The impact of patient sex on the response to intramyocardial mesenchymal stem cell administration in patients with non-ischaemic dilated cardiomyopathy

Victoria Florea, Angela C. Rieger, Makoto Natsumeda, Bryon A. Tompkins, Monisha N. Banerjee, Ivonne H. Schulman, Courtney Premer, Aisha Khan, Krystalenia Valasaki, Bettina Heidecker, Alejandro Mantero, Wayne Balkan, Raul D. Mitrani, Joshua M. Hare

Research output: Contribution to journalArticlepeer-review

5 Scopus citations


Aims: Sex differences impact the occurrence, presentation, prognosis, and response to therapy in heart disease. Particularly, the phenotypic presentation of patients with non-ischaemic dilated cardiomyopathy (NIDCM) differs between men and women. However, whether the response to mesenchymal stem cell (MSC) therapy is influenced by sex remains unknown. We hypothesize that males and females with NIDCM respond similarly to MSC therapy. Methods and results: Male (n = 24) and female (n = 10) patients from the POSEIDON-DCM trial who received MSCs via transendocardial injections were evaluated over 12 months. Endothelial function was measured at baseline and 3 months post-transendocardial stem cell injection (TESI). At baseline, ejection fraction (EF) was lower (P = 0.004) and end-diastolic volume (EDV; P = 0.0002) and end-systolic volume (ESV; P = 0.0002) were higher in males vs. females. In contrast, baseline demographic characteristics, Minnesota Living with Heart Failure Questionnaire (MLHFQ), and 6-min walk test (6MWT) were similar between groups. EF improved in males by 6.2 units (P = 0.04) and in females by 8.6 units (P = 0.04; males vs. females, P = 0.57). EDV and ESV were unchanged over time. The MLHFQ score, New York Heart Association (NYHA) class, endothelial progenitor cell-colony forming units, and serum tumour necrosis factor alpha improved similarly in both groups. Conclusion: Despite major differences in phenotypic presentation of NIDCM in males and females, this study is the first of its kind to demonstrate that MSC therapy improves a variety of parameters in NIDCM irrespective of patient sex. These findings have important clinical and pathophysiologic implications regarding the impact of sex on responses to cell-based therapy for NIDCM.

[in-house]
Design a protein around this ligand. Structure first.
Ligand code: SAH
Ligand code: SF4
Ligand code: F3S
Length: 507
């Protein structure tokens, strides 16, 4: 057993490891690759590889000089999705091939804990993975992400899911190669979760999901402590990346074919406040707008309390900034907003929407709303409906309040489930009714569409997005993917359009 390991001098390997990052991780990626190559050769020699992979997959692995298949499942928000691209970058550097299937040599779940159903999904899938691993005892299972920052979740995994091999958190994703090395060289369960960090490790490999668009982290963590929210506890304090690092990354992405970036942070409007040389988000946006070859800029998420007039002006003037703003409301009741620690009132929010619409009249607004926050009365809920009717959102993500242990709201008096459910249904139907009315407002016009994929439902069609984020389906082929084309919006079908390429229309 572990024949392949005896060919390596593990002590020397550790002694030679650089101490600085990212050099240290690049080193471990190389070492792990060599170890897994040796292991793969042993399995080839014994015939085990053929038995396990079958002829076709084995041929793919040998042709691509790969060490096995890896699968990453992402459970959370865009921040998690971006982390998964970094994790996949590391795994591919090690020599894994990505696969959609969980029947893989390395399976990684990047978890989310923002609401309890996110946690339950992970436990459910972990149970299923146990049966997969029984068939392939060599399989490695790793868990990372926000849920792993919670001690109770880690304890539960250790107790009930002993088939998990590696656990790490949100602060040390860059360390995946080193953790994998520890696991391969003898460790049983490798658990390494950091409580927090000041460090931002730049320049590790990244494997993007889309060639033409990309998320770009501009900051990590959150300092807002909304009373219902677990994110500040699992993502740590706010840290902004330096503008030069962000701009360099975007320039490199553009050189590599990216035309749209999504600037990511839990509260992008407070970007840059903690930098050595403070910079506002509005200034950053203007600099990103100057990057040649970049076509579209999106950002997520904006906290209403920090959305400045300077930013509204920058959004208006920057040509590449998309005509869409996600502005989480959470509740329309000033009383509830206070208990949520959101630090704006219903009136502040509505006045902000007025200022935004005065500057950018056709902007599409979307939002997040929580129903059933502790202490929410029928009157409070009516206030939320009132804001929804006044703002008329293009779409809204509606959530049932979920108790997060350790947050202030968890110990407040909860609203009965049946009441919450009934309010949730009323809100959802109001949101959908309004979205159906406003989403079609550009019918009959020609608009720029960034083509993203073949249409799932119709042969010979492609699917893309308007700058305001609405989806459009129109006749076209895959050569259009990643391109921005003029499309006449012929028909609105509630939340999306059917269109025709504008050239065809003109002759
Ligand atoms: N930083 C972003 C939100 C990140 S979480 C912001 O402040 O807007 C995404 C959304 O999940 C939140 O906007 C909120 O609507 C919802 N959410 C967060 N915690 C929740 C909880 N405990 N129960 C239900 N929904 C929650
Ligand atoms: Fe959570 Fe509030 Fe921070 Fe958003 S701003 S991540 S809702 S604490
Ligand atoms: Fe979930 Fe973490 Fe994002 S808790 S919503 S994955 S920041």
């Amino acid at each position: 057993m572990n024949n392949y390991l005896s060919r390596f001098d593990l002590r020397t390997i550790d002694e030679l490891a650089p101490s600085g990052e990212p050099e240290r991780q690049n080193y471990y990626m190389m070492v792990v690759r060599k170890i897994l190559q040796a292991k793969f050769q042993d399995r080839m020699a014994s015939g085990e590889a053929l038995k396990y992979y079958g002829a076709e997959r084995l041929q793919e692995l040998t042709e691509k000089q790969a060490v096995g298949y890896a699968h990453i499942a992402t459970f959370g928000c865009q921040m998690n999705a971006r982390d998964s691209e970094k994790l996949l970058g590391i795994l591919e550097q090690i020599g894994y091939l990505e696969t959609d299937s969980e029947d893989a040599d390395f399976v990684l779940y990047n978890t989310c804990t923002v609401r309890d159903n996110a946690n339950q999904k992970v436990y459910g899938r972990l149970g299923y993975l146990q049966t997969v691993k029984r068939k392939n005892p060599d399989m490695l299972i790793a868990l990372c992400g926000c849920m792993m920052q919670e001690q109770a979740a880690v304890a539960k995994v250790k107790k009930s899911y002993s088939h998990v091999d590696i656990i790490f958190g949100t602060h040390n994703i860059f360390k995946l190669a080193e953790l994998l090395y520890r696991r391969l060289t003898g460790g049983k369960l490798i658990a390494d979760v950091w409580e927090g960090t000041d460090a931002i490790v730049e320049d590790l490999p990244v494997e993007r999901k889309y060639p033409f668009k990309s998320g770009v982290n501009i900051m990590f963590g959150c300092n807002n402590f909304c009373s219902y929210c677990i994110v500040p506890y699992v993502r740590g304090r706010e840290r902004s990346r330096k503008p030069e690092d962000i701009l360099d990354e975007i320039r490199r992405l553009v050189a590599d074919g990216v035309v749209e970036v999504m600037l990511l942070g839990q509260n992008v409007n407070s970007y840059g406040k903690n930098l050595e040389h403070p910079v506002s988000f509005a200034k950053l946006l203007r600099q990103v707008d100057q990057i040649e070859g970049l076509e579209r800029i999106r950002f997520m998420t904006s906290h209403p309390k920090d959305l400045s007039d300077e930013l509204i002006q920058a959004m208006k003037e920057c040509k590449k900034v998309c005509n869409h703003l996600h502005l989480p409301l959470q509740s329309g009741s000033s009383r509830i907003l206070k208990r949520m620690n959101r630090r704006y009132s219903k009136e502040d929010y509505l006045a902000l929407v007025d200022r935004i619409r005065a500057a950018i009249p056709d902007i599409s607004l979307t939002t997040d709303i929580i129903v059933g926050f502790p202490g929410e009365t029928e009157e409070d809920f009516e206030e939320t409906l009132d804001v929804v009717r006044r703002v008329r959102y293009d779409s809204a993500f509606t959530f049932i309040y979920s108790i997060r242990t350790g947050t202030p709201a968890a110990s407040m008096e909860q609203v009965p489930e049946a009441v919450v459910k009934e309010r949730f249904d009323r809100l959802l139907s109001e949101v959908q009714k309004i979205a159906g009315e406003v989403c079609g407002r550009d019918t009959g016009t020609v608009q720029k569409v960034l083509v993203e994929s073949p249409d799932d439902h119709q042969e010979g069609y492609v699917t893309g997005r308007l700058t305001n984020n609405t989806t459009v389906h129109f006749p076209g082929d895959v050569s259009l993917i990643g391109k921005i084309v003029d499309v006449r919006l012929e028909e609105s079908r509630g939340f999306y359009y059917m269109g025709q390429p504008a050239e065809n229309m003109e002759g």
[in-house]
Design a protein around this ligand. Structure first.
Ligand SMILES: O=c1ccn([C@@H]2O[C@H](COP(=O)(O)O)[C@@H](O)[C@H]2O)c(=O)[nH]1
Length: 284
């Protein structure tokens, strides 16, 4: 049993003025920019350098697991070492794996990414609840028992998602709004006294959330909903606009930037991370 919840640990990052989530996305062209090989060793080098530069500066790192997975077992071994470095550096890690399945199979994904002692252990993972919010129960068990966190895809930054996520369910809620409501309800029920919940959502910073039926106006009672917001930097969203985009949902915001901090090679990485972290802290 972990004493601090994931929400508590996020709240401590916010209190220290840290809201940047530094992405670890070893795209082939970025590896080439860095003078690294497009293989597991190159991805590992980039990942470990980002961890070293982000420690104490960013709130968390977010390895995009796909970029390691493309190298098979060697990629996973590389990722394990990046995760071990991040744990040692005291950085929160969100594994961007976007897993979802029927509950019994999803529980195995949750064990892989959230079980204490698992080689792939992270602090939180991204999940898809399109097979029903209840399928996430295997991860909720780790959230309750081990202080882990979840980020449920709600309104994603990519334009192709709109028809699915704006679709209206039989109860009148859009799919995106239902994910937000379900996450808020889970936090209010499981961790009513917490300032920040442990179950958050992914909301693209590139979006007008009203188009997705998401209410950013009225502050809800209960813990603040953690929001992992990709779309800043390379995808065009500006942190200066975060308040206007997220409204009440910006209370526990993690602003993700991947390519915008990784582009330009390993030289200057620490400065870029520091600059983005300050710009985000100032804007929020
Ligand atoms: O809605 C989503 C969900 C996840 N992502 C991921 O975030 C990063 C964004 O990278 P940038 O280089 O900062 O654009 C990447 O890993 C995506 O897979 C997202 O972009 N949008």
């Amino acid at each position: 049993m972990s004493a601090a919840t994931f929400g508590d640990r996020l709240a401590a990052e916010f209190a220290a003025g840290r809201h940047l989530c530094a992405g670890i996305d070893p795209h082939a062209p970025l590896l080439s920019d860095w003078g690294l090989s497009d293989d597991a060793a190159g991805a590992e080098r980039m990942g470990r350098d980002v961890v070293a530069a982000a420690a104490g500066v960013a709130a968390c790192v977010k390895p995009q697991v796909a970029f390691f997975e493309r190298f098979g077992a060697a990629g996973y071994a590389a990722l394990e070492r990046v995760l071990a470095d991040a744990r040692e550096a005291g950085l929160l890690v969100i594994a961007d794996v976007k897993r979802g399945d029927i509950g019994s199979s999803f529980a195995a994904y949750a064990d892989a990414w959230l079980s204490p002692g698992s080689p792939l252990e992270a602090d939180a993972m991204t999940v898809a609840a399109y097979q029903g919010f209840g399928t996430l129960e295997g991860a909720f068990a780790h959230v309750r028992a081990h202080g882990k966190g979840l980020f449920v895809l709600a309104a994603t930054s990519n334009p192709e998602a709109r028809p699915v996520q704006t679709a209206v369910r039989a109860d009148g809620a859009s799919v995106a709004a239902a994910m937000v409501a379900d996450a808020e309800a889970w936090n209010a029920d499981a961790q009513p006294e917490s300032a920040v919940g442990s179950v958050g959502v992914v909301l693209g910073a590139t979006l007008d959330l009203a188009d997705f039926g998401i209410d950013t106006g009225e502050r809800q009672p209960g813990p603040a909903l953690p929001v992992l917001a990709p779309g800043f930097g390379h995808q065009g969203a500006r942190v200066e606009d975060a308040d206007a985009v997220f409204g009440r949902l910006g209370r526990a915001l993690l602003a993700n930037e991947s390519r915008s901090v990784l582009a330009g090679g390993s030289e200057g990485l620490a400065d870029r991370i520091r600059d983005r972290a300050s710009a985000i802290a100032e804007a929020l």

Original languageEnglish (US)
Pages (from-to)2131-2141
Number of pages11
JournalCardiovascular Research
Issue number13
StatePublished - Nov 1 2020


  • Cell therapy
  • Dilated cardiomyopathy
  • Heart failure
  • Mesenchymal stem cells
  • Sex

ASJC Scopus subject areas

  • Physiology
  • Cardiology and Cardiovascular Medicine
  • Physiology (medical)


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